The trade deadline passed without anything close to a blockbuster. The biggest deal of the season in Rudy Gay's trade from the Grizzlies to the Raptors happened a while back, and there was much apprehension from teams on trade deadline Thursday.
Be it the new collective bargaining agreement that has the league fearing salaries or otherwise, there were a number of big names who received a lot of speculation but ended up sticking with their teams.
By far the biggest name in the trade talks heading into Thursday, the Atlanta Hawks forward ended up staying put after talks with the Milwaukee Bucks broke down shortly before the trade deadline. The Bucks appeared unwilling to part with guard Monta Ellis and wanted to pair Smith with the shooting guard, though that may not be what ultimately stopped the deal Reports said the Hawks were feverishly trying to trade Smith, but their preference to trade him to a Western Conference team didn't work out with the major suitor of that conference. The Phoenix Suns reportedly had interest in Smith, but they didn't have enough to give up other than lottery picks, which could have been where that deal broke down. Whispers of Houston and Boston making a move for Smith also led nowhere.
One of the Jazz's two hefty expiring contracts, the 28-year-old center remains in Utah despite being a reported target of the Phoenix Suns and San Antonio Spurs. The team looked to move both Jefferson and Paul Millsap considering Derrick Favors and Enes Kanter developing into capable big men. The eventual re-signing of wing Gordon Hayward, a player the Suns were also interested in, will make it unlikely Utah holds onto both Millsap and Jefferson this offseason.
Perhaps more of a trade chip than Jefferson, Millsap garnered interest from the Brooklyn Nets, Los Angeles Clippers and Minnesota Timberwolves. Like most other teams that had the same package on the table (it later became known as the HBAP acronym on Twitter) Utah didn't bite on the Nets' offering of Kris Humphries, MarShon Brooks and a pick. The Clippers ended up standing pat on their own and didn't get deep into talks of swapping Eric Bledsoe for Millsap. Similarly, the Timberwolves' offering of forward Derrick Williams never appeared to be all that impressive.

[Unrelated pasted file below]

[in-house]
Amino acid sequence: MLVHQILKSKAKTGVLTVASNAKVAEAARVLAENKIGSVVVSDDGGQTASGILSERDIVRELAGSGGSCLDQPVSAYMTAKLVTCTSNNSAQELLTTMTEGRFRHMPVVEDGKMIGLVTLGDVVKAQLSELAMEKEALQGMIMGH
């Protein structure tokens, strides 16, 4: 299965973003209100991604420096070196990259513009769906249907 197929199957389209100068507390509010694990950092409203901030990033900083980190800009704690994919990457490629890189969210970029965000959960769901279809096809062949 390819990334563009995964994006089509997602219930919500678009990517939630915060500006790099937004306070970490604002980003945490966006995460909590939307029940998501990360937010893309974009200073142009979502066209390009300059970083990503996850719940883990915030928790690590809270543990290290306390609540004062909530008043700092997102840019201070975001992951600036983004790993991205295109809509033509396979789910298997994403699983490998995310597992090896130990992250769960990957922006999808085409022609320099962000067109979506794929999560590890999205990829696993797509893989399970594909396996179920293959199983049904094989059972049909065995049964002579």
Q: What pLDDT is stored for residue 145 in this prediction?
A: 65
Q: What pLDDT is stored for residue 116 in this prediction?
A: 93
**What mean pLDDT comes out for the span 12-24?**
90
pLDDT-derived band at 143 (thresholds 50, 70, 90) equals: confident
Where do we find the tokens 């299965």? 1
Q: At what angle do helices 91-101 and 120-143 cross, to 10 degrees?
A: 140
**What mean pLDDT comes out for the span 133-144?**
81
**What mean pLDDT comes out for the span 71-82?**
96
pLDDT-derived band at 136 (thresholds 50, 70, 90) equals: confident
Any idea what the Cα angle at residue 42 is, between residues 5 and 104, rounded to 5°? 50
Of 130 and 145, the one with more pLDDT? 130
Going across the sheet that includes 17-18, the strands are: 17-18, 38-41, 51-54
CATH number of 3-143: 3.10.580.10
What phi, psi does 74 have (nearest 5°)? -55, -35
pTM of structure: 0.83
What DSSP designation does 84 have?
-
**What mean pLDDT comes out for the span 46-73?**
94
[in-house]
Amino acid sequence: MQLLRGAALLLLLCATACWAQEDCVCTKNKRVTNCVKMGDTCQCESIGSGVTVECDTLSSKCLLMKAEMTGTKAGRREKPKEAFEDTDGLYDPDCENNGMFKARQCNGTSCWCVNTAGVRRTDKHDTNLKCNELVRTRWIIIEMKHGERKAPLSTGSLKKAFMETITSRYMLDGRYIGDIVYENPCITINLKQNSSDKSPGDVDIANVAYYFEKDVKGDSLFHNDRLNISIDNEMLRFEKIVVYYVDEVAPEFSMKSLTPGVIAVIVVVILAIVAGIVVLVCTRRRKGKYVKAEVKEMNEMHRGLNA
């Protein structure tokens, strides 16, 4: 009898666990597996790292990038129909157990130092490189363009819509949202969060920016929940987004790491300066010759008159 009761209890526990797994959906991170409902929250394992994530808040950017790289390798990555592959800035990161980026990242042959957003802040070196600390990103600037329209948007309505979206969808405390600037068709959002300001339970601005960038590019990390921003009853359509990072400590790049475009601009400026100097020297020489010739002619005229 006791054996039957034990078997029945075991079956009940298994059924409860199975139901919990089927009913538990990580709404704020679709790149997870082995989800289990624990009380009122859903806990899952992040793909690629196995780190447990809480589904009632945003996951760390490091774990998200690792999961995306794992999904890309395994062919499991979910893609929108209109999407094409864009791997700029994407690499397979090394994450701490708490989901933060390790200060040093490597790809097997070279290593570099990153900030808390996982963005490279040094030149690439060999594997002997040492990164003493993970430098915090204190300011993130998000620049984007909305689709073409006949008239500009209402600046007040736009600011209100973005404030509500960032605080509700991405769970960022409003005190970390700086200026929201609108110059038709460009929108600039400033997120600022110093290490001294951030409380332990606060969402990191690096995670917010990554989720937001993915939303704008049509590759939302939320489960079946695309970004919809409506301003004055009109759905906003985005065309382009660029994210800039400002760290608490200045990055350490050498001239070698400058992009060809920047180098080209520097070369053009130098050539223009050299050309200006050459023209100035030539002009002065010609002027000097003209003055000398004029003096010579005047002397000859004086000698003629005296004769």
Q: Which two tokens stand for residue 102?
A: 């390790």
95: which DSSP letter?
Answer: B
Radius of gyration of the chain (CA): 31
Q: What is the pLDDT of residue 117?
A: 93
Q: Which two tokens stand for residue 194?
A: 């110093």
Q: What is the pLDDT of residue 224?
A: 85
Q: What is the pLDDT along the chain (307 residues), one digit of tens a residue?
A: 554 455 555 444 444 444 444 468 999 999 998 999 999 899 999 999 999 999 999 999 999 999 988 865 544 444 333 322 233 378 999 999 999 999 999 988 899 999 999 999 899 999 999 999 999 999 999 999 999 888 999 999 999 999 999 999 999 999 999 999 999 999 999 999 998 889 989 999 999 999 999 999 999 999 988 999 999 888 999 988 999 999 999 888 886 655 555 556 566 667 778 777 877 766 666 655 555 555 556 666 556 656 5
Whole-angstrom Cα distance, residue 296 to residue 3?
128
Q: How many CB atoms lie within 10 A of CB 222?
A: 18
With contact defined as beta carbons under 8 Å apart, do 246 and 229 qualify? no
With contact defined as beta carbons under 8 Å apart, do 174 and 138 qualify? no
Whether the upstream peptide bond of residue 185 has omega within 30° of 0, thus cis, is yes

Milwaukee could have dealt Ellis in the case that he doesn't pick up his player option for next season and becomes a free agent. The Bucks appeared interested in packaging Ellis in a deal that would net them Smith from Atlanta -- there was also word that Ellis could be kept in hopes of putting him on the same team as Smith -- but the Hawks pulled out as the deadline neared. Instead, Milwaukee went with Plan B, a deal that got them J.J. Redick for backup point guard Beno Udrih.
One of four NBA players with a no-trade clause, there were plenty of discussions about the Los Angeles Clippers making a run at the respected power forward and then making a run at a title. Instead, the Clippers kept point guard Eric Bledsoe and center DeAndre Jordan, opting to keep the waters calm with a roster already strong across the board.
The long-time Celtics scorer was rumored in a trade to Atlanta because Boston reportedly loved the idea of brining on Josh Smith. Brooklyn also offered their package of Humphries, Brooks and a pick for Pierce, but the Celtics didn't give chase.
A great acquisition turned into a potential trade chip this season, the rising Hickson didn't do enough to have teams making the Trail Blazers any ridiculous offers. Only the Nets with their standard package and the Bobcats, desperate to shed Ben Gordon's large salary and questionable behavior, looked like suitors for Hickson.
The Charlotte Bobcats wanted a first-round pick in return for their shooting guard, and the Celtics were one of the possible candidates to bring on Henderson. Instead, Boston shored up their backcourt with Washington Wizards guard Jordan Crawford, and Charlotte was left hanging onto Henderson.
Though one of the more questionable rumors out there, some reports said New Orleans Hornets guard Eric Gordon was on the block despite the team matching an offer sheet of four-years and $58 million this summer. Golden State apparently had interest, but wasn't willing to pull the trigger, possibly because of Gordon's problematic knee injuries.
The Bulls wanted to dump Hamilton to help with the luxury tax situation, but ultimately they found no suitor in a market of teams fearing large salaries. Draft picks have become the trendy priority, and with teams also asking the Bulls to include one of those, Chicago didn't make a deal.